Although most days I remain at my stove, that Christmas I felt it was important to welcome my guests personally, after which my French maître d', Henri, proffered glasses of champagne with a splash of fresh pear juice and led them to their table or their fireside seats. I could leave the kitchen with a fairly easy conscience: Bruna was in charge of the trenches and the platoon was about to give the enemy a thorough whipping.
One of our regular guests, a distinguished middle-aged widow, came in with her three student sons. The four of them had a chilly air.
“Do you realize we were harassed by demonstrators outside,” said the woman. “I just thought you might like to know, because they are behaving rather unpleasantly.”
“Scum,” said one of the boys.
“Crunchies,” said another.
I don't think what she'd said really dawned on me right away; either that or I didn't take it seriously, so I asked Henri to take a quick look outside while I personally showed the woman and her sons to their table.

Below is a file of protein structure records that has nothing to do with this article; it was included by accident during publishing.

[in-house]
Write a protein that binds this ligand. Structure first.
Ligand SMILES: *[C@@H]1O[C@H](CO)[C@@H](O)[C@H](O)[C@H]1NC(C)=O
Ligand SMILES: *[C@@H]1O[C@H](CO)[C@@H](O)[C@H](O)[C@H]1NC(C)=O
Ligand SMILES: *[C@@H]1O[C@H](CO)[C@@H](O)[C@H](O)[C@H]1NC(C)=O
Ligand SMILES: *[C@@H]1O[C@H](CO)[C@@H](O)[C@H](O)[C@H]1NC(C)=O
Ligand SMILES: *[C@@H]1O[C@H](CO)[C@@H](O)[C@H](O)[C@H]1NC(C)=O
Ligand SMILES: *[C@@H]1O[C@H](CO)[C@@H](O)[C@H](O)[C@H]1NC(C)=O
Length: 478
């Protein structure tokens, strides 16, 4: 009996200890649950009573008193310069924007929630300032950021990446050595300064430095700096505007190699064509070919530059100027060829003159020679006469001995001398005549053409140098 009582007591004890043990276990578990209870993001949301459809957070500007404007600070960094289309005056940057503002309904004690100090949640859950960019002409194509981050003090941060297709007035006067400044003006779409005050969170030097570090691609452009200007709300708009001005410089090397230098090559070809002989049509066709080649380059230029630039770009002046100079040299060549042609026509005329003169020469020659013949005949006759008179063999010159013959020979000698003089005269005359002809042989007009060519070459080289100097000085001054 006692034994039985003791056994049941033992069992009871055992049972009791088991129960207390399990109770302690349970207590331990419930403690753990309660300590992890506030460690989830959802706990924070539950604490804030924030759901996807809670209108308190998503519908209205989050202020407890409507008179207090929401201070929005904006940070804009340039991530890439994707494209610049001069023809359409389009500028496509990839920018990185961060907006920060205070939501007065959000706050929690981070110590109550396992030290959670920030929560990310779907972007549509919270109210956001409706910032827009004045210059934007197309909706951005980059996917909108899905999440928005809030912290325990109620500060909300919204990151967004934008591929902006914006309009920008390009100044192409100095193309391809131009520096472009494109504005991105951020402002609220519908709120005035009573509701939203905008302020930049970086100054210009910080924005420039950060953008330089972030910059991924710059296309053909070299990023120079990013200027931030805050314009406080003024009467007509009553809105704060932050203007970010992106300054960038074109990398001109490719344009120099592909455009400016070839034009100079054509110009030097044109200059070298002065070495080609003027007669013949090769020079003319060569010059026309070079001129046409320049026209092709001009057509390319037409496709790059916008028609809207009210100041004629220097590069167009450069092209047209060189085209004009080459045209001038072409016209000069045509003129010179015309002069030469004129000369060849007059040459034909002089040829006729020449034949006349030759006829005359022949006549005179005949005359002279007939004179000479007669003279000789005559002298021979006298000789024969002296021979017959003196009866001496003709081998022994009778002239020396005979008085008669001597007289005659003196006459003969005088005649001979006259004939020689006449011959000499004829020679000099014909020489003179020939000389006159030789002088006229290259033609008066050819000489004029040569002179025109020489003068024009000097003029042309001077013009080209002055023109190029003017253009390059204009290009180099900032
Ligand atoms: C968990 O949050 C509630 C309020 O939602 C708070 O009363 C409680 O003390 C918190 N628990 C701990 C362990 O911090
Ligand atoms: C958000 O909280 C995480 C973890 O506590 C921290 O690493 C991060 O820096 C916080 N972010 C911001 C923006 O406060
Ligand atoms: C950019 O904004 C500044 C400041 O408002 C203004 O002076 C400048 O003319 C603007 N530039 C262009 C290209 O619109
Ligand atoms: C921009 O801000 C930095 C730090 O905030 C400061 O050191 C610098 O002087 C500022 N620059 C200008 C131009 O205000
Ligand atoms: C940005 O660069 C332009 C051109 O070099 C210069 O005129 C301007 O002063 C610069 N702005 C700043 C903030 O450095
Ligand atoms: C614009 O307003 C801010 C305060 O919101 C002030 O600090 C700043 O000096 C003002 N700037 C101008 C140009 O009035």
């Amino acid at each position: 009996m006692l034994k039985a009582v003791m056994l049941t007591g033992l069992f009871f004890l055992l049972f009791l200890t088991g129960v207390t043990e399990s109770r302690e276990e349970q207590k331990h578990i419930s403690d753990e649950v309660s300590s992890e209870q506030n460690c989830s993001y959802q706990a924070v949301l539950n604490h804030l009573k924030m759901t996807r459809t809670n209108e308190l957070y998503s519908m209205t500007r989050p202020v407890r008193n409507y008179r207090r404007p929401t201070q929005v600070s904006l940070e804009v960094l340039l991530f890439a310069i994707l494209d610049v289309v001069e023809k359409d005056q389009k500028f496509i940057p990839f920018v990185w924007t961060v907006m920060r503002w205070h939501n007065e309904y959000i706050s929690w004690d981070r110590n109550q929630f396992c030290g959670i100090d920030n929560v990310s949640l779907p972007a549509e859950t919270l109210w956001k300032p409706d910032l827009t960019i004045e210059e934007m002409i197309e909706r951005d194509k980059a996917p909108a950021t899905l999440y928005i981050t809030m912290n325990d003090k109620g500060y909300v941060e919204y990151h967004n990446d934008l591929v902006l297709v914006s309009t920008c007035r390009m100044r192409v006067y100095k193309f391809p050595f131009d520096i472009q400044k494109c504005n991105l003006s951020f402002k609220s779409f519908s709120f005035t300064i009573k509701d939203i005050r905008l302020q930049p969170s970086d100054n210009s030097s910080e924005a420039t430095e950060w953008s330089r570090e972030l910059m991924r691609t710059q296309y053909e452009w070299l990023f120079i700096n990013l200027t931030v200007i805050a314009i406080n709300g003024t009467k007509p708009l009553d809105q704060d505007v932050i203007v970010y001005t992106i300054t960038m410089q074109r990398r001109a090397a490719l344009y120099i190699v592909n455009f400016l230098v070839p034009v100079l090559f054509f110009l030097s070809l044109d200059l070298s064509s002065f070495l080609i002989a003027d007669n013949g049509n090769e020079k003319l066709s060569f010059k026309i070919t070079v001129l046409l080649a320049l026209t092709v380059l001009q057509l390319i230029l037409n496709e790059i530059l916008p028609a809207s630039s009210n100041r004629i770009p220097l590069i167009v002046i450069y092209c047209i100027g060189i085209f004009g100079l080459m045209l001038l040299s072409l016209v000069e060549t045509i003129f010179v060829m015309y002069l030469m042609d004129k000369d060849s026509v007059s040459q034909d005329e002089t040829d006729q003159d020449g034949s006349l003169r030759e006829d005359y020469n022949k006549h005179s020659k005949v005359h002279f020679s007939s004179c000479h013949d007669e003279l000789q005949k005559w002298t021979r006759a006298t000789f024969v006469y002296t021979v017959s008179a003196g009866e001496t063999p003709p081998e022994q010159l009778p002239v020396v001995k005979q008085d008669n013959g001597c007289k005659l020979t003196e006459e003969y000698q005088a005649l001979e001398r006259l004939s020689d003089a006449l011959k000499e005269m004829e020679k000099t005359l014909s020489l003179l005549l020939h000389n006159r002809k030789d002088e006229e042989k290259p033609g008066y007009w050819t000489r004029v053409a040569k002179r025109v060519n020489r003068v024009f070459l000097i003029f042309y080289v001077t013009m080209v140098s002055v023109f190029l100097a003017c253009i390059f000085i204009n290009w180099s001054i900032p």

Back at the front door, I found my maître d' in a state of considerable agitation. Henri explained that the animal rights group Animal Friends' Action was picketing the front of my restaurant because we were serving foie gras d'oie. He was incredulous: what on earth could be wrong with goose liver?
“Zey want us to take ze deeshes wiz leever in zem off ze menu,' he said, astounded. “It 'as to be a joke …”
“Good gracious,” I said, going over to the window to have a look at the demonstrators.
There were, indeed, about thirty colorfully-dressed, blue-jeaned do-gooders carrying signs and banners. In among them, I spotted a few dazed regulars in a Watership Down moment, frozen like rabbits in the headlights. My customers were being overwhelmed by the activists, who were chanting “Animal holocaust! Animal holocaust!” Not exactly the best start to an unforgettable dinner. Henri stood staring, openmouthed. He was already deeply unimpressed by the rude behavior of the Dutch, but to disrupt a Christmas dinner because of … foie gras, well, that was quite beyond him. Accompanied by one of the waiters, he stormed out to rescue our diners. They were greeted by jeers. I spotted some more guests arriving from the parking lot.